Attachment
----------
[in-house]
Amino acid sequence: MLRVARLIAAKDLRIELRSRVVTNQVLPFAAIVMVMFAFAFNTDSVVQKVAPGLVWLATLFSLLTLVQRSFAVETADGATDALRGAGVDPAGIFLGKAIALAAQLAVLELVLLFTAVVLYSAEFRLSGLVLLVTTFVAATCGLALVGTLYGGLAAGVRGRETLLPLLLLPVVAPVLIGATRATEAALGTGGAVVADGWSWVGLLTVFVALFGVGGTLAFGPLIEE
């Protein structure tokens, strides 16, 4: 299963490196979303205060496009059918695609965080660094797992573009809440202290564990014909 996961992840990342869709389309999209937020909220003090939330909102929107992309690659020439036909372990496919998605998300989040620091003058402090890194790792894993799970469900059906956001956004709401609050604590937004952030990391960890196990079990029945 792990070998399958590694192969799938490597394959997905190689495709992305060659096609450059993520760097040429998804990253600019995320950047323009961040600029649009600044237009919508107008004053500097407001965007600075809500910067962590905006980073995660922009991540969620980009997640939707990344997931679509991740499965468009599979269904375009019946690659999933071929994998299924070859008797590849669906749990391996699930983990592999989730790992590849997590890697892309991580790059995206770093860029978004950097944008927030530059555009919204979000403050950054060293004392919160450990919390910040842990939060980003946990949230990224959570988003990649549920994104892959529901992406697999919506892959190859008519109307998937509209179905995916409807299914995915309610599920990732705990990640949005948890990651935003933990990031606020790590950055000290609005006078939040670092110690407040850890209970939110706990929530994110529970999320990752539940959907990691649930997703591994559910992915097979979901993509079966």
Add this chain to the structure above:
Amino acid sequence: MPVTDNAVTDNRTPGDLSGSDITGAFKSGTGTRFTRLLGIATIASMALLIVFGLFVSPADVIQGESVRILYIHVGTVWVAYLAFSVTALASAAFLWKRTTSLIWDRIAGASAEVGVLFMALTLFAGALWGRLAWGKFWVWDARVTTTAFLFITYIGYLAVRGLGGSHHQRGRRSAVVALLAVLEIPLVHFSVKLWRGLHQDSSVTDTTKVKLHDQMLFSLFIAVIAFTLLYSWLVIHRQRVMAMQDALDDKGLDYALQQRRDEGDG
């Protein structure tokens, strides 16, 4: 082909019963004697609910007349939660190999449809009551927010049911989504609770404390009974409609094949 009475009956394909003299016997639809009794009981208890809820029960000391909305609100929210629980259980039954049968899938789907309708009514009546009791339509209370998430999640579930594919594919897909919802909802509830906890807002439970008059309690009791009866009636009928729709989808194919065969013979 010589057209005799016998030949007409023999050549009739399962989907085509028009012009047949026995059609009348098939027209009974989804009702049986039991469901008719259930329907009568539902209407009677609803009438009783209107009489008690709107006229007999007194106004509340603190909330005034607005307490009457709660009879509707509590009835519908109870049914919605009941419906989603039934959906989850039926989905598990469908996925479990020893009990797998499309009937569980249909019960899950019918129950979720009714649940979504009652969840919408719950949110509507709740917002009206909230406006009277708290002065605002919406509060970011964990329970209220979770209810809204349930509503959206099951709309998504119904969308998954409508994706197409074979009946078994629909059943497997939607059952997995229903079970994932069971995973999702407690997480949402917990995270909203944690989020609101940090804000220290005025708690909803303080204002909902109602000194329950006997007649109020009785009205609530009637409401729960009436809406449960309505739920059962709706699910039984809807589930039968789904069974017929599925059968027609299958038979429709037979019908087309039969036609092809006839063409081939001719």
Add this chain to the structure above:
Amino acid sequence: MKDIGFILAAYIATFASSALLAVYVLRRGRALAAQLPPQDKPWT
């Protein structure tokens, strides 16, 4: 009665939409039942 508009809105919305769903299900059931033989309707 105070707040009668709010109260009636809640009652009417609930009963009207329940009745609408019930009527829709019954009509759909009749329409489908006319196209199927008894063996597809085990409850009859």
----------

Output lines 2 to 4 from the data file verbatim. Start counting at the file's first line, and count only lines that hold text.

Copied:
Amino acid sequence: MLRVARLIAAKDLRIELRSRVVTNQVLPFAAIVMVMFAFAFNTDSVVQKVAPGLVWLATLFSLLTLVQRSFAVETADGATDALRGAGVDPAGIFLGKAIALAAQLAVLELVLLFTAVVLYSAEFRLSGLVLLVTTFVAATCGLALVGTLYGGLAAGVRGRETLLPLLLLPVVAPVLIGATRATEAALGTGGAVVADGWSWVGLLTVFVALFGVGGTLAFGPLIEE
């Protein structure tokens, strides 16, 4: 299963490196979303205060496009059918695609965080660094797992573009809440202290564990014909 996961992840990342869709389309999209937020909220003090939330909102929107992309690659020439036909372990496919998605998300989040620091003058402090890194790792894993799970469900059906956001956004709401609050604590937004952030990391960890196990079990029945 792990070998399958590694192969799938490597394959997905190689495709992305060659096609450059993520760097040429998804990253600019995320950047323009961040600029649009600044237009919508107008004053500097407001965007600075809500910067962590905006980073995660922009991540969620980009997640939707990344997931679509991740499965468009599979269904375009019946690659999933071929994998299924070859008797590849669906749990391996699930983990592999989730790992590849997590890697892309991580790059995206770093860029978004950097944008927030530059555009919204979000403050950054060293004392919160450990919390910040842990939060980003946990949230990224959570988003990649549920994104892959529901992406697999919506892959190859008519109307998937509209179905995916409807299914995915309610599920990732705990990640949005948890990651935003933990990031606020790590950055000290609005006078939040670092110690407040850890209970939110706990929530994110529970999320990752539940959907990691649930997703591994559910992915097979979901993509079966």
Add this chain to the structure above: